Legislative Advocacy Update

California – Pharmacist Service Coverage Bill

pharmacist administering vaccine to young boy

AB 317 would remove a major barrier for California’s pharmacists to bill commercial health plans for patient care services authorized by law. Pharmacists must be allowed to enroll in commercial health plan provider networks and bill for covered services. Pharmacists are well trained and positioned to increase access to care and relieve strain on the healthcare system.

The California Pharmacists Association (CPhA), who IPC partners with through shared advocacy support, states that the pandemic has shone a glaring light on the fragility of the healthcare system as providers and facilities were stretched beyond capacity. It made it very clear that pharmacists, as one of the most accessible health care providers, must be utilized to provide care that is within their scope of practice. Unfortunately, this will not happen until health plans are required to reimburse them for providing care. AB 317 has been sent to the Governor’s office for signature.

IPC Advocating for Important Payment Provisions in Federal PBM Reform Legislation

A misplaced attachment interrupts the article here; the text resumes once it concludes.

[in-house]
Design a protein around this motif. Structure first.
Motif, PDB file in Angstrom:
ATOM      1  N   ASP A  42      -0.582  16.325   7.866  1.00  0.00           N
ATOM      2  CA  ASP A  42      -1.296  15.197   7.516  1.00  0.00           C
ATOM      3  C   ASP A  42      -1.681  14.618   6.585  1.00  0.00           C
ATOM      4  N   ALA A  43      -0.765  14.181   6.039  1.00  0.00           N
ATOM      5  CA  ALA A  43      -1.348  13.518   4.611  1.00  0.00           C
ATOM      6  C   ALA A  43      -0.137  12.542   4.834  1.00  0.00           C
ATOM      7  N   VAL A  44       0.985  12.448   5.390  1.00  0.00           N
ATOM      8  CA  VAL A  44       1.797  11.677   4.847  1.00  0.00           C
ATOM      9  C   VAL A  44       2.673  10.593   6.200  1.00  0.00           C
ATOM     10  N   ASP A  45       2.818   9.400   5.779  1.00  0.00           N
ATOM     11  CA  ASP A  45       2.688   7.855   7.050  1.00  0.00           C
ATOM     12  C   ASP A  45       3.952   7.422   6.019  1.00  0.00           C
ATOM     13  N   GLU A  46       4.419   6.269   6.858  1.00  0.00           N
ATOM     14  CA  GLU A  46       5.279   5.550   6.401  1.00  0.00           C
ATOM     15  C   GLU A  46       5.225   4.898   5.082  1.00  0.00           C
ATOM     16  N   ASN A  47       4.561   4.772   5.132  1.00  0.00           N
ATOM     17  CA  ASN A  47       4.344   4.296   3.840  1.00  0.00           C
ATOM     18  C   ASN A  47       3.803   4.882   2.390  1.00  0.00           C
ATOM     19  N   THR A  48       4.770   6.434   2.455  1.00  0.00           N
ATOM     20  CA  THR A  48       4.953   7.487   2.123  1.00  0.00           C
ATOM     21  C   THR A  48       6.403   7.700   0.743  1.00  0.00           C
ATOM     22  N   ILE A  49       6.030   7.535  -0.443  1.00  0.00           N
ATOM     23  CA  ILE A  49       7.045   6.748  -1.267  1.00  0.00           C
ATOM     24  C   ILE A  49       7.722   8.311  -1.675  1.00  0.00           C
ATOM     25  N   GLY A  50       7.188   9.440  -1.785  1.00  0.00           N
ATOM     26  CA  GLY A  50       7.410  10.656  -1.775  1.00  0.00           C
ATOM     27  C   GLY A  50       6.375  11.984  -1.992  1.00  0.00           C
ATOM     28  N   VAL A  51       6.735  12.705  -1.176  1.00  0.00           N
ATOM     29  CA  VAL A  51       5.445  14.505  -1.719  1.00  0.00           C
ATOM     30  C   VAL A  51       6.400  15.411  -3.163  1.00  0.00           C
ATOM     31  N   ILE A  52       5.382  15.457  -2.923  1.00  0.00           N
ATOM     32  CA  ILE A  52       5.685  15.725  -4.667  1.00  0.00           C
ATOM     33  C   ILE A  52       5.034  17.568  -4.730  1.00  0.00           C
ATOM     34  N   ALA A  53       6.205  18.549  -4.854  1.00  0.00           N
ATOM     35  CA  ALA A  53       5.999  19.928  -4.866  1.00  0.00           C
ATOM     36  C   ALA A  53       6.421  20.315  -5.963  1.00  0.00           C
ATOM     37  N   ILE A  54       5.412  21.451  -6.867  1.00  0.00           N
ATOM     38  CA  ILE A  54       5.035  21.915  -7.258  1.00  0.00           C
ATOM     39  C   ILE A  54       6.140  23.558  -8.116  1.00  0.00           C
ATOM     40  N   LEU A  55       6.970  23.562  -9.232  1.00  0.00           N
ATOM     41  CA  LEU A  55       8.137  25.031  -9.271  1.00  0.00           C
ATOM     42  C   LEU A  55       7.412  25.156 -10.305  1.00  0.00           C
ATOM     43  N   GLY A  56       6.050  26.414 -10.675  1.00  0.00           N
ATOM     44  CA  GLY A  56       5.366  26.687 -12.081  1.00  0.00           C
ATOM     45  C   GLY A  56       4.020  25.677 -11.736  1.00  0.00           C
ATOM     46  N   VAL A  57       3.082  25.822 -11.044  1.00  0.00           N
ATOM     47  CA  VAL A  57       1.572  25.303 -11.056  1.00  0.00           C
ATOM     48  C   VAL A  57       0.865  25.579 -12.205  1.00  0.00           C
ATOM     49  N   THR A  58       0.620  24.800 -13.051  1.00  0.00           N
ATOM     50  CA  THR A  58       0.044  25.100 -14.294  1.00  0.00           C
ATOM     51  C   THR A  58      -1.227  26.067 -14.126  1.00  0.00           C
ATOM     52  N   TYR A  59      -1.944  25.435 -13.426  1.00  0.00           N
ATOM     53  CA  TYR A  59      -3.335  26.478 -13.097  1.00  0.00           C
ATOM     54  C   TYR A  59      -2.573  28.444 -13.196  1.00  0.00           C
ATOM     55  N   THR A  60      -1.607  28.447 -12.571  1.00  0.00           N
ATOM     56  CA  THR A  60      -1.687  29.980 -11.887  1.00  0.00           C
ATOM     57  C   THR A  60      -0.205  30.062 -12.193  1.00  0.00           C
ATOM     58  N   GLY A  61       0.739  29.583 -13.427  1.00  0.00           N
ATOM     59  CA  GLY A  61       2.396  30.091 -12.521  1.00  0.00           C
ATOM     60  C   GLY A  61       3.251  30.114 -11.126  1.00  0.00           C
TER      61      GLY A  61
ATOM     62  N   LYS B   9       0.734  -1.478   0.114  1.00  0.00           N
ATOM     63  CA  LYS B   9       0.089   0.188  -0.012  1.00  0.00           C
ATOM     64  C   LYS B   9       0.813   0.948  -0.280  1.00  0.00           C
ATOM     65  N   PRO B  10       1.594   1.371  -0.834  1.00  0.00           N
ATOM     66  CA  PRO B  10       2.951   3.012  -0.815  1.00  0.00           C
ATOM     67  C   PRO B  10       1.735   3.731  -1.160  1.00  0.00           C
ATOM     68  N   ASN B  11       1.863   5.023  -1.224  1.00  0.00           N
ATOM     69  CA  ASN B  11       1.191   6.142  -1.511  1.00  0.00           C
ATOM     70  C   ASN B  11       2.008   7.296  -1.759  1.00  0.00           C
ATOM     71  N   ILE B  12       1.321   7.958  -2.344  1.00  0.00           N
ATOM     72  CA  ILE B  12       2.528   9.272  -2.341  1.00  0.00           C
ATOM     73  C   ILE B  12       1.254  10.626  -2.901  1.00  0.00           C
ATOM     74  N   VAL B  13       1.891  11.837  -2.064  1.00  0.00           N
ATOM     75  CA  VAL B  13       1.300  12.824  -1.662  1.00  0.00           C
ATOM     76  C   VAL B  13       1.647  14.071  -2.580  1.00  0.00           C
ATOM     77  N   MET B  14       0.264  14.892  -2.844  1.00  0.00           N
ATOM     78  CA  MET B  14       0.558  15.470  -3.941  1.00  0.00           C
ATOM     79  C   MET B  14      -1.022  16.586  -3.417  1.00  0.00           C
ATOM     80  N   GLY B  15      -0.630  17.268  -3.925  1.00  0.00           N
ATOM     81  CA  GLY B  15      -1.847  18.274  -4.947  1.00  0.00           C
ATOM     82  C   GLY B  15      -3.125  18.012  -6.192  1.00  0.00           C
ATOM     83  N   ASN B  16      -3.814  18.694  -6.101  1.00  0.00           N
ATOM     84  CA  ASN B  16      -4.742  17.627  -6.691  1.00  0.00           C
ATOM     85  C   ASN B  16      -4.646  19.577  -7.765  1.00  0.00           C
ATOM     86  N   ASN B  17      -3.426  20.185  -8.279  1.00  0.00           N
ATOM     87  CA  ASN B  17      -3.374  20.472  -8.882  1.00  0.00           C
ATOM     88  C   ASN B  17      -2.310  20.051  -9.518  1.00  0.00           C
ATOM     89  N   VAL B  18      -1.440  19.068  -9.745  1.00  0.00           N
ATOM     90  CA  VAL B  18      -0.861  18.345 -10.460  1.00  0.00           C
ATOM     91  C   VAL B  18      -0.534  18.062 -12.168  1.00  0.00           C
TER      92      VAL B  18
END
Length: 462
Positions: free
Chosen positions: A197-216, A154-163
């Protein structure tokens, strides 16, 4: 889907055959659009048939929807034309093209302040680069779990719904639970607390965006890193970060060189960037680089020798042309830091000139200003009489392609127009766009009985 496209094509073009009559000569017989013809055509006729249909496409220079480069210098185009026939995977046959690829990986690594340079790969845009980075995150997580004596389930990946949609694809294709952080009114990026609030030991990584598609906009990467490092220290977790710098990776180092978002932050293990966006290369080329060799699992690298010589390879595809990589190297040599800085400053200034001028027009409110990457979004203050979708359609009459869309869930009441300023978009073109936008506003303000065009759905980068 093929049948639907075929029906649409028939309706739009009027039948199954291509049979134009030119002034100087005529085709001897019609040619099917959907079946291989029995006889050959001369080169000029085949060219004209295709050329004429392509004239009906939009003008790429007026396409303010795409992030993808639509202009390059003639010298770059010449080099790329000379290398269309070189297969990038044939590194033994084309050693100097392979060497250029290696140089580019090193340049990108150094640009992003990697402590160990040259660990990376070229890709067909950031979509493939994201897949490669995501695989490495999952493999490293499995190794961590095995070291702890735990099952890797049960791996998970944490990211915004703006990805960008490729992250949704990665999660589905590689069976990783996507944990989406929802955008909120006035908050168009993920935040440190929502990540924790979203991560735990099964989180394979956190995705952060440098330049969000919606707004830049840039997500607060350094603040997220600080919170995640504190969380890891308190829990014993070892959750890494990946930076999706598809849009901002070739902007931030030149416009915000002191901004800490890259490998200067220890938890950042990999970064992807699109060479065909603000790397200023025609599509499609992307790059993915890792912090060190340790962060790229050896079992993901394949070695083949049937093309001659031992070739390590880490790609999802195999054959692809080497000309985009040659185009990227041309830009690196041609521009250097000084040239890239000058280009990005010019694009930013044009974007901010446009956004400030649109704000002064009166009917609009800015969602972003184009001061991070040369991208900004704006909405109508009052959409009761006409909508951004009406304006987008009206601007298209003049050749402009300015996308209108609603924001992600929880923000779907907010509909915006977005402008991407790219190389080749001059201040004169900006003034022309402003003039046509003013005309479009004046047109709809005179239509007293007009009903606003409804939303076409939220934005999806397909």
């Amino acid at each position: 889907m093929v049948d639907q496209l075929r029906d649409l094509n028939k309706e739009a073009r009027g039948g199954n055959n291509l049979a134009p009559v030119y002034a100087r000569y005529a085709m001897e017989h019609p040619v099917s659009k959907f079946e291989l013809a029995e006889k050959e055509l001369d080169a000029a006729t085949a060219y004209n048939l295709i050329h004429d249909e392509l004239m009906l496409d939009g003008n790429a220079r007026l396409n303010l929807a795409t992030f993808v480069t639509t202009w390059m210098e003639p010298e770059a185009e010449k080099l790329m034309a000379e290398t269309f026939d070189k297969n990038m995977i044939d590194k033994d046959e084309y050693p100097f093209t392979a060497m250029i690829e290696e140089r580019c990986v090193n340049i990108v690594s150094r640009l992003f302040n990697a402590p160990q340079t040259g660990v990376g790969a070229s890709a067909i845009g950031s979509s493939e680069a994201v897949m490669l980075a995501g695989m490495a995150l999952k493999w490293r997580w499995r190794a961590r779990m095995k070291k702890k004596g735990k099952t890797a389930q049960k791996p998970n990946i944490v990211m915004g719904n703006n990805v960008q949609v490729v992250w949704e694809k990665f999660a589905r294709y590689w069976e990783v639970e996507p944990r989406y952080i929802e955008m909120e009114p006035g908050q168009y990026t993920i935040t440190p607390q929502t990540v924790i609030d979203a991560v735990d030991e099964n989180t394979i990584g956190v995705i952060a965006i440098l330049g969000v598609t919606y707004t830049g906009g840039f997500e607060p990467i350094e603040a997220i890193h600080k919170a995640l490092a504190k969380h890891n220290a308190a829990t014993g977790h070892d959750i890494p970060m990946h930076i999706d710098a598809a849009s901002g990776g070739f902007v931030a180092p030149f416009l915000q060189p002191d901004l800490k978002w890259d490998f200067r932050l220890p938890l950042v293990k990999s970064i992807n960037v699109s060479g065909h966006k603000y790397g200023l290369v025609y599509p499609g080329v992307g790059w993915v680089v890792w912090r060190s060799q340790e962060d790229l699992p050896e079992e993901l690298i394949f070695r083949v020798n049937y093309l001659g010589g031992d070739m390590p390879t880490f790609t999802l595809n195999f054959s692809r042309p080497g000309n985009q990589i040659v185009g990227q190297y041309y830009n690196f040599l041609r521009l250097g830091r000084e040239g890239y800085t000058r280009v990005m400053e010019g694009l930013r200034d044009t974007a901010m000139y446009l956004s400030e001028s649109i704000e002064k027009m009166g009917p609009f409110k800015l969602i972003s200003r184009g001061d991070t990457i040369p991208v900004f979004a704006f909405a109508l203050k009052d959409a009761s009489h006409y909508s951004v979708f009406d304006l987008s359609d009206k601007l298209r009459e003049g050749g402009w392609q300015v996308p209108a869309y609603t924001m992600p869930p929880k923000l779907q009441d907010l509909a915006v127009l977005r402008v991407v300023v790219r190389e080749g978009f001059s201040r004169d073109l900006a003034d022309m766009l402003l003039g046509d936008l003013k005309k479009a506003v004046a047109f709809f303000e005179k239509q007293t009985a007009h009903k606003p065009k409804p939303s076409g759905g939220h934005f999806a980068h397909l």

IPC’s Government Relations team has been lobbying Congress all year to enact PBM reform legislation. There is initial success with both current House PBM reform bill (H.R. 5378, “Lower Cost, More Transparency Act”) and the Senate version (S. 2973, “Modernizing and Ensuring PBM Accountability Act”) including these two provisions:

  • Requiring state Medicaid managed care prescriptions reimbursement parity to the Medicaid fee-for-service rates NADAC for all drugs.
  • Professional fee.

The senate versions also reforms Part D performance DIRs and prevents Part D plans from using limited networks for specialty drugs. Floor votes are expected on both bills. Stay tuned for updates.

FDA Delays Enforcement of DSCSA “Track and Trace” Enforcement – Mandate to Comply Still Exists

ipc dscsa compliant warehouse product with barcode

While the FDA recently announced a one-year delay in enforcing the DSCSA electronic “track and trace” mandate until November 27, 2024, this enforcement delay does NOT mean the legal mandate for pharmacies to have a “track and trace” electronic system on November 27, 2023 has been pushed back a year. The FDA still expects all drug supply chain entities to take steps to comply with the legal deadline.

Don’t risk potential actions, from payers especially, by delaying signing up for IPC SecureLink until next Fall. Get compliant with DSCSA “track and trace” mandate before November 27, 2023.